Al Brumfield, Appalachia, Bob Adkins, Breeden, Cincinnati, crime, feud, feuds, Green McCoy, Guyandotte River, Harts Creek, Henderson Dingess, history, Hollene Brumfield, John Dingess, John Hartford, John W Runyon, Kentucky, Lincoln County Feud, Milt Haley, Norfolk and Western Railroad, Thompson Branch, Tug River, Twelve Pole Creek, West Virginia
Wow. So what about Al Brumfield, the guy who got into the feud with Milt?
“Well, he was a little more tamer fellow than old Paris but he was kind of a rough character — mean as a snake,” Bob said. “All those Brumfields were, you know. They was a tough outfit, all of them was.”
Al and his wife Hollena lived in a large white house at the mouth of Harts Creek, which Bob said had recently burned. They had a store and log boom nearby and kept a boat tied up at the riverbank for easy access across the Guyandotte. Things were going great for them until John Runyon (who Bob called “the root of all evil”) moved in from Kentucky.
“That fellow Runyon, he had a saloon and a store right across the creek there at the mouth of Harts, you know — a shebang,” Bob said. “And Aunt Hollene and Al Brumfield, they had a big store over there on the other side of the creek, over on the lower side of the creek. They was competitors in a way, you know. This fellow Runyon hired these two thugs to kill them, so as to get rid of their competition. And he hired Milt Haley and Green McCoy to kill them. They got a side of bacon and a can of lard and five dollars to do that…each. And these fellows, Milt Haley and Green McCoy, were two characters. I don’t know why they ever took a chance on that. Them boys got into that before they knew what they was into. Them Brumfields was mean as the devil up there.”
Bob spun out the details of Milt and Green’s ambush of Al Brumfield.
“Every Sunday, Al and Hollene would get on their horse and they’d ride up to the Forks of Big Hart about ten miles to visit her father. He was old Henderson Dingess, my great-grandfather. Al had a fine riding horse and he’d get on the horse and she’d ride behind him, see? And they’d been up there on a pretty summer day, and they’d done had dinner with her father.”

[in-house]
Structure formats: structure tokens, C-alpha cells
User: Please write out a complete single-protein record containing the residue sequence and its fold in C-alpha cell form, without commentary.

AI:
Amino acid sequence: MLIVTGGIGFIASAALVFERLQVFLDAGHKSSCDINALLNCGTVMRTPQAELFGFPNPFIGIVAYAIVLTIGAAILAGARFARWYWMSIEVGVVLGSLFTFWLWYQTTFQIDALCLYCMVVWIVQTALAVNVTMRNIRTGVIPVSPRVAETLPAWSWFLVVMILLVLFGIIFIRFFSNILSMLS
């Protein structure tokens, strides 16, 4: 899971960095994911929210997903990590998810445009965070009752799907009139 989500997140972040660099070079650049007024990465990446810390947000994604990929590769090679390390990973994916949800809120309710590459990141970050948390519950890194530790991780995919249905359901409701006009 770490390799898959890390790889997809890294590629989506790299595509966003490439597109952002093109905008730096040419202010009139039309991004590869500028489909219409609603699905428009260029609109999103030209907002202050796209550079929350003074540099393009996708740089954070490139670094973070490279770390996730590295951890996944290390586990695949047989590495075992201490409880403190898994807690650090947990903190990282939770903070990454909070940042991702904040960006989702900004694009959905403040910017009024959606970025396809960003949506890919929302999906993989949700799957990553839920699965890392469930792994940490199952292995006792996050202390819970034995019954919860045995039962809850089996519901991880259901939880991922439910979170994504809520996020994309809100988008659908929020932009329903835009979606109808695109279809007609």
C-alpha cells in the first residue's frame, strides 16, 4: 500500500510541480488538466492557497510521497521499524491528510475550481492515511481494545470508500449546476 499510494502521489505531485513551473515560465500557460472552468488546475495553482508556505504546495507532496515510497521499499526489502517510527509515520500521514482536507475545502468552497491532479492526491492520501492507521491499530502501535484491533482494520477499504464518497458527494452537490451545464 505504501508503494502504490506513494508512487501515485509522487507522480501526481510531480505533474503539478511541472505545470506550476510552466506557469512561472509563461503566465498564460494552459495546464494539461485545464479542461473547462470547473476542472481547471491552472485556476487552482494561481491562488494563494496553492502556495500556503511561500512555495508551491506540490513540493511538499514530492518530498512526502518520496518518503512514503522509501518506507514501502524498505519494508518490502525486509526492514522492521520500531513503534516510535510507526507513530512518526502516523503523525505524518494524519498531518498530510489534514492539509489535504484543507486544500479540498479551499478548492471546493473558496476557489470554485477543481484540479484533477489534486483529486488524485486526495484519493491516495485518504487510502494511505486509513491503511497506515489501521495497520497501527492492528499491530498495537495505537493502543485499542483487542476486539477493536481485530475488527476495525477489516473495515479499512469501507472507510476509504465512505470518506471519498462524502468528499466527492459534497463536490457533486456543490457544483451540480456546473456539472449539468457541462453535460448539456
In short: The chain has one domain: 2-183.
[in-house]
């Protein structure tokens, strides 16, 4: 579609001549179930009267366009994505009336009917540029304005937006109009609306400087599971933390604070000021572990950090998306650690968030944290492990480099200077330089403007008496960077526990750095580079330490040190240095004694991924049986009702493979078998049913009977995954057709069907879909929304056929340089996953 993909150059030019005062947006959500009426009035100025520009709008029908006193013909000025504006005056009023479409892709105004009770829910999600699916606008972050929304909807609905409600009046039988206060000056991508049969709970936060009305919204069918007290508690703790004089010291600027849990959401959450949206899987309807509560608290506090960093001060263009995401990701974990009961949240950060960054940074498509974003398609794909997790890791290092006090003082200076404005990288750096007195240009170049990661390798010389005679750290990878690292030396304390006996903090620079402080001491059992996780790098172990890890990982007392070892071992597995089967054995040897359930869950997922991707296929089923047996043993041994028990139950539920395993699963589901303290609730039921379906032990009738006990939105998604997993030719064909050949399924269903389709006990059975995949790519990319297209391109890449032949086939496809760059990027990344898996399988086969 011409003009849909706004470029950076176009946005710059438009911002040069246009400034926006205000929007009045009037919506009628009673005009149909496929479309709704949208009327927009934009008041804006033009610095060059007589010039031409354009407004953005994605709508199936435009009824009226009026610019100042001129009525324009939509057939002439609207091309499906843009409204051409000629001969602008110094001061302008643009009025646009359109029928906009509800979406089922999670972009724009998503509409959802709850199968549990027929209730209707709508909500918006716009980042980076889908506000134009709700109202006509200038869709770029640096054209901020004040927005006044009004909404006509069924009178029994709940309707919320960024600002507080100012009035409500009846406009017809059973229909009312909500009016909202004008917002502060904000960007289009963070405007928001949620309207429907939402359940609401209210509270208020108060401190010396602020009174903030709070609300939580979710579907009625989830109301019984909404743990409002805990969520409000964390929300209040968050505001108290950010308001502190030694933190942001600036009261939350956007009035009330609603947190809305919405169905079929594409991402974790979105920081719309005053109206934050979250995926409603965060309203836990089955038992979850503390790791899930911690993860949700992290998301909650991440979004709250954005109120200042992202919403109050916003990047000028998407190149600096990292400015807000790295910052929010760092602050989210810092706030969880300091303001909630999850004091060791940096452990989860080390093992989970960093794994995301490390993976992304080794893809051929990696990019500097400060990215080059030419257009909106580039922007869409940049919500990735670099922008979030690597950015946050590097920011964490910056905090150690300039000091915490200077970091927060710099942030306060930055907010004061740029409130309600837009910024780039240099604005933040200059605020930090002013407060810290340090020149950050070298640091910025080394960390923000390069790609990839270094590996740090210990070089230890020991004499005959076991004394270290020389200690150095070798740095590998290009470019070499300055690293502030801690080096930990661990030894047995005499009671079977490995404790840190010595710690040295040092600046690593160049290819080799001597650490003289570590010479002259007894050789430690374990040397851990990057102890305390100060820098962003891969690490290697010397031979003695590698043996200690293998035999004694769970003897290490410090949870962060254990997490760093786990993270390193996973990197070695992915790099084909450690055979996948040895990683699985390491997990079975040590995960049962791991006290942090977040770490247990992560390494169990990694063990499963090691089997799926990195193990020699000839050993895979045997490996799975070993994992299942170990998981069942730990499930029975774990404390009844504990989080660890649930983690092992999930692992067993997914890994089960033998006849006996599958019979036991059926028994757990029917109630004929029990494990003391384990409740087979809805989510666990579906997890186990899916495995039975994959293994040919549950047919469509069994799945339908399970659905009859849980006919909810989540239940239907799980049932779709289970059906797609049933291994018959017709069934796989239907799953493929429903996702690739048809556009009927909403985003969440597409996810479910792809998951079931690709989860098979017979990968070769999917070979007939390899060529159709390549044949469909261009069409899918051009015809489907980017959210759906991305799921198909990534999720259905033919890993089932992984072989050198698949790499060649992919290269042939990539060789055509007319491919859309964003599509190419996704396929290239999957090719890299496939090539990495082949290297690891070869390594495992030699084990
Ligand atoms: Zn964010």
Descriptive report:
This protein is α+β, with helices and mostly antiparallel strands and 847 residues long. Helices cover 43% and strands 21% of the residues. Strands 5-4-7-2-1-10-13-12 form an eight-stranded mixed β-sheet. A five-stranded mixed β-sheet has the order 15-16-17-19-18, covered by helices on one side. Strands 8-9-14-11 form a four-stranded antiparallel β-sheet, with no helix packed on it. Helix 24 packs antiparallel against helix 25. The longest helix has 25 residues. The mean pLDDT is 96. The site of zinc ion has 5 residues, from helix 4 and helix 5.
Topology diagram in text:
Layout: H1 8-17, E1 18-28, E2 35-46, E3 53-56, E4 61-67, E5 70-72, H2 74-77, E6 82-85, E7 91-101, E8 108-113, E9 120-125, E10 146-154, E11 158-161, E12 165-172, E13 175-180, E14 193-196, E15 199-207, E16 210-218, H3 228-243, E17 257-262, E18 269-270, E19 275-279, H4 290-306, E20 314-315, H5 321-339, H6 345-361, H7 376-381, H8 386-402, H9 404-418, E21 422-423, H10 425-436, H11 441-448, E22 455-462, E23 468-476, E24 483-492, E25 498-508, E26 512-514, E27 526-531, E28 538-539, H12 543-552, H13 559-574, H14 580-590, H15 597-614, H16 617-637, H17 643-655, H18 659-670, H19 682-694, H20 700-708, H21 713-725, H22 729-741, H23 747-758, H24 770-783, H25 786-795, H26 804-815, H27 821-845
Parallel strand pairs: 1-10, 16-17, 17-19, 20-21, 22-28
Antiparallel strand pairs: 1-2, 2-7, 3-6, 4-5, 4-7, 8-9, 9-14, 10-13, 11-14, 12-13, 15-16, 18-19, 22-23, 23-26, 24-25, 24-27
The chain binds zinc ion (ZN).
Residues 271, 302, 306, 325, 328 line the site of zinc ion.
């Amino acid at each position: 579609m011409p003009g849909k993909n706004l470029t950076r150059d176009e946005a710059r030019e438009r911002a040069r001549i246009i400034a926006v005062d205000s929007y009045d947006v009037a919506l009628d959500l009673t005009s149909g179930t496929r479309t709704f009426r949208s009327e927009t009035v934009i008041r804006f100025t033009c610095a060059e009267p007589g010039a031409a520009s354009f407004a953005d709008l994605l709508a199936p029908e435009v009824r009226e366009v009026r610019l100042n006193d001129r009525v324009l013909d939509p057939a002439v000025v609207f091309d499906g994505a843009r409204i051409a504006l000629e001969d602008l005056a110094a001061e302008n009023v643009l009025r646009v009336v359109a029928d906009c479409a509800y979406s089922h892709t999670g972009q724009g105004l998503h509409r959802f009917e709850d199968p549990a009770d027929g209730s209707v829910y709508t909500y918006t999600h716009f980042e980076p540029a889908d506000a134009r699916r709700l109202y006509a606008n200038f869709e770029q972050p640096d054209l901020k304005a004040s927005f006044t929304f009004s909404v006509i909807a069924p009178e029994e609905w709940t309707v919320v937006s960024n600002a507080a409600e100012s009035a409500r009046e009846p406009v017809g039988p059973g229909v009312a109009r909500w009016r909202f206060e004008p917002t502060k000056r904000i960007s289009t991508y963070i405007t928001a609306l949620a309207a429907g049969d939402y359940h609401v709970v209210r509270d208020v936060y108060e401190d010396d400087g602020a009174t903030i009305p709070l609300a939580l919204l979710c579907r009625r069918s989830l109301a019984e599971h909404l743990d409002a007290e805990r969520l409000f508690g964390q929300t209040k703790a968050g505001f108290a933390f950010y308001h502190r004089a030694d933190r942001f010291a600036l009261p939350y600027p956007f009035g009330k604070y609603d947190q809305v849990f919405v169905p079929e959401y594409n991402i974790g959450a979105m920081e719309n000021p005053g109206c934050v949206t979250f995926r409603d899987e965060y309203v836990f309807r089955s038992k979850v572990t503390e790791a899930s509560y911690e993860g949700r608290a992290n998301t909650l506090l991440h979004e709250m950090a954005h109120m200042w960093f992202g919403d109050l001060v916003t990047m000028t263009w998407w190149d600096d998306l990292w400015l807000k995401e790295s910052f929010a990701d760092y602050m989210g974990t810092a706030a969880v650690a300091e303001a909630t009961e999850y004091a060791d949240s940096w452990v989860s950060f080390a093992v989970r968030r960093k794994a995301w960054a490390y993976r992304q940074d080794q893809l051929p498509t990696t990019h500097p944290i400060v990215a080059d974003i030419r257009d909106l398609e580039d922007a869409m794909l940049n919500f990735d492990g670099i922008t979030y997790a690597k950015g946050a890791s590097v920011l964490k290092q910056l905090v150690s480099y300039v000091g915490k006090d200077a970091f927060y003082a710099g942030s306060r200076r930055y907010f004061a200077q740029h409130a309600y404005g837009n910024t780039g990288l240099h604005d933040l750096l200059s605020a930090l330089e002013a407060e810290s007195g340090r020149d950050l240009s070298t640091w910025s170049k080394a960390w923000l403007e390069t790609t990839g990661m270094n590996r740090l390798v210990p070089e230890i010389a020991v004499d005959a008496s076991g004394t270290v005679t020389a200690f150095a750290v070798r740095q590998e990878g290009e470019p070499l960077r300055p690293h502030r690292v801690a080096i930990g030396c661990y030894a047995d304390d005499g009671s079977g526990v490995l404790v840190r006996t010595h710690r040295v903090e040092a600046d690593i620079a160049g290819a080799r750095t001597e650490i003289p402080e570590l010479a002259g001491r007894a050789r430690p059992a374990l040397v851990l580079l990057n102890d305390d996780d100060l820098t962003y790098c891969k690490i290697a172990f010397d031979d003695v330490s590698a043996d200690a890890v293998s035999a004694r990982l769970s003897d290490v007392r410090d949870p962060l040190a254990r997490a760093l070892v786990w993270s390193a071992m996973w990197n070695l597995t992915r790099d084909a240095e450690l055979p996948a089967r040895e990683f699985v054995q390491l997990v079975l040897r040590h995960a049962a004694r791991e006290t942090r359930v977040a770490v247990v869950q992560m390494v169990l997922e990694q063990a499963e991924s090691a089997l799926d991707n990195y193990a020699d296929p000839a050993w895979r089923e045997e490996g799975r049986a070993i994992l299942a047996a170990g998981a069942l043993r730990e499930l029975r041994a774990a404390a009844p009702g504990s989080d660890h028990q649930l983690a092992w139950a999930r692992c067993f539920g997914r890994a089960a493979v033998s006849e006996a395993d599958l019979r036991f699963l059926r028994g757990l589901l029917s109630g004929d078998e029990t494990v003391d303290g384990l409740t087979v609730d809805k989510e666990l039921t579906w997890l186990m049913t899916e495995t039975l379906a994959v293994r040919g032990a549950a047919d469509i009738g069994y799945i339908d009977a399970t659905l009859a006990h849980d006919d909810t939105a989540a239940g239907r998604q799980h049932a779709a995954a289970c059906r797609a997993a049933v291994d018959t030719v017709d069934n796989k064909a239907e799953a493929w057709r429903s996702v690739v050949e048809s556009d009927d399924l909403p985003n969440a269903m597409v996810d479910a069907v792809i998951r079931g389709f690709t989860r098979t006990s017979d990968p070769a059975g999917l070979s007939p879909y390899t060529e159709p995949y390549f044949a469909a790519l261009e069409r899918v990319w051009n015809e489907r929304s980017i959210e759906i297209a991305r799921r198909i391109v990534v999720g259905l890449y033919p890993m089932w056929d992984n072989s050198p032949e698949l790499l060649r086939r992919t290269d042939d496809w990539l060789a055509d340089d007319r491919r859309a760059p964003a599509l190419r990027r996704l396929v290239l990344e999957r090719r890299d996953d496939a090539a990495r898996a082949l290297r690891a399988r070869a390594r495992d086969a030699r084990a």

Haley and McCoy, meanwhile, laid in wait for them in a sinkhole at Thompson Branch with a .30/.30 Winchester.
“And Al and Hollene came along about three or four o’clock in the evening and those thugs laywaid them on the side of the hill up there as they came back down Harts Creek. They shot at Al’s head. That horse jumped and that bullet missed his head and hit Hollene right in the face right there and the bullet knocked her teeth out and came out this side here. It knocked her off of the horse.”
Al was carried on down the creek by his horse, which “sprang and run” so Milt and Green came off the hill toward his wife.
“They aimed to shoot Aunt Hollene again — and she a laying there in the road, her eyes full of blood. She couldn’t see hardly who it was. But she begged them not to shoot her anymore, because she figured they’d already killed her. She told them she was dying and begged them out of it.”
At that point, Al came back up along the creek bed shooting toward them “and they got scared and they run.”
Bob said, “Well, the Brumfields didn’t know who it was so they watched all around to see who it was. They watched Runyon like a hawk but he changed his name and walked right off. He left his store, his saloon and his family and went back to Kentucky. They hunted for years for him but they never did find him. He never poked his head around there anymore, not even to contact his family.”
Milt and Green also disappeared from the neighborhood — which caused locals to assume that they were guilty of some role in the trouble.
“And these two guys just left their family and went into Kentucky and just deserted their families,” Bob said. “Then they knew who it was. And they started looking for them.”
Al Brumfield put out a $3,000 reward for their capture. Detectives were told to search in river towns, as both men had run rafts out of the Guyan River.
A detective caught Green McCoy first in a Cincinnati restaurant. He identified him by noticing a nick in one of his ears. Just before apprehending him, the detective walked up and said, “I think you’re the man I’m looking for.” Once caught, Green gave the whereabouts of Milt, who was found working a butter churn on a steamboat at the river. Both men were jailed. Al Brumfield was informed of their capture by letter.
Brumfield organized two of his brothers-in-law and perhaps one of his brothers into a posse and rode to the rendezvous point (presumably in the vicinity of Cincinnati). He posed as a sheriff, paid the reward, took possession of the two men, then headed across eastern Kentucky and up the Tug River to Williamson. He and his gang rode a train on the N&W across Twelve Pole to Breeden, where they crossed the mountain and spent a night at the home of John Dingess, Hollena’s brother. Dingess ran a large country store and saloon, Bob said, but “nothing exciting happened around there.”